AuthorFedt, Lauren Alexandra
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PublisherThe University of Arizona.
RightsCopyright © is held by the author. Digital access to this material is made possible by the University Libraries, University of Arizona. Further transmission, reproduction or presentation (such as public display or performance) of protected items is prohibited except with permission of the author.
AbstractOutside of major metropolitan areas, Arizona has limited options for hearing healthcare. The Arizona Affordable Hearing Aid Task Force proposed the development of a statewide program to provide low-cost hearing aids and audiologic care to low-income residents. The purpose of this review was to determine the status of the literature on the clinical outcomes of teleaudiology services for evaluations and hearing aid fittings which could be used to serve inhabitants of rural counties and address the goals of the Task Force. A literature search was performed to identify articles with original research in teleaudiology in the areas of evaluation and treatment and yielded 234 results. After exclusion criteria were applied, there were 15 articles for review; 10 articles focused on audiological evaluation and 5 articles focused on verification, validation, and counseling for hearing aid fittings. Evaluation-related articles showed that pure-tone air conduction testing was generally within the ± 5 dB acceptable range of variability, with little evidence on bone conduction or speech testing reliability. Studies reporting real-ear measurements with probe microphones were shown to yield similar results in traditional and teleaudiology fitting sessions and validation measures documented similar or better outcomes from teleaudiology fittings. Based on the literature, it is concluded that the use of teleaudiology is feasible for hearing aid fittings and counseling in rural areas, if associated barriers related to costs and limitations related to the availability of technology are overcome.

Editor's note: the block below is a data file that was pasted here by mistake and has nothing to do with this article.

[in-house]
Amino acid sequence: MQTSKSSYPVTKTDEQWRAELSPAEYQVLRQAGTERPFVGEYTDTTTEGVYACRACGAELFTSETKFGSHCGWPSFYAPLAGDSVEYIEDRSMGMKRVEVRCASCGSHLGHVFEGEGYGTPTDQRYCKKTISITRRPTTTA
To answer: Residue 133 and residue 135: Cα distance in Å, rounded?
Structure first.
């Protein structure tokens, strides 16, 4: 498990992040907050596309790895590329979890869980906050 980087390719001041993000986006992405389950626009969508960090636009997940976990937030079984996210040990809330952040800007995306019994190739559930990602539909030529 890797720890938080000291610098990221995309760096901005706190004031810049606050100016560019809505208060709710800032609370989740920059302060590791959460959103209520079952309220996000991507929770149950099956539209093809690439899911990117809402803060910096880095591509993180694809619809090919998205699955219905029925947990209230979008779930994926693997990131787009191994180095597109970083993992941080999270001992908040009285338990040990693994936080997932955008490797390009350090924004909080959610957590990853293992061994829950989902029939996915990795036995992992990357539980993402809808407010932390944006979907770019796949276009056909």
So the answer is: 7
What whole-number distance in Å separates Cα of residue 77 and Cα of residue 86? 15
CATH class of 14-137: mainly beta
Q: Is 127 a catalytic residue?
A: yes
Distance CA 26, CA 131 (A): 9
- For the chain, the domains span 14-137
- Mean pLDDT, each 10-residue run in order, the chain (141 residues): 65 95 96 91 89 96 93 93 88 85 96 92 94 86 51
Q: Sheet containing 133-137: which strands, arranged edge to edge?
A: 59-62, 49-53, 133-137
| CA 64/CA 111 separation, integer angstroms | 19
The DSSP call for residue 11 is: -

Degree ProgramGraduate College
Speech, Language, & Hearing Sciences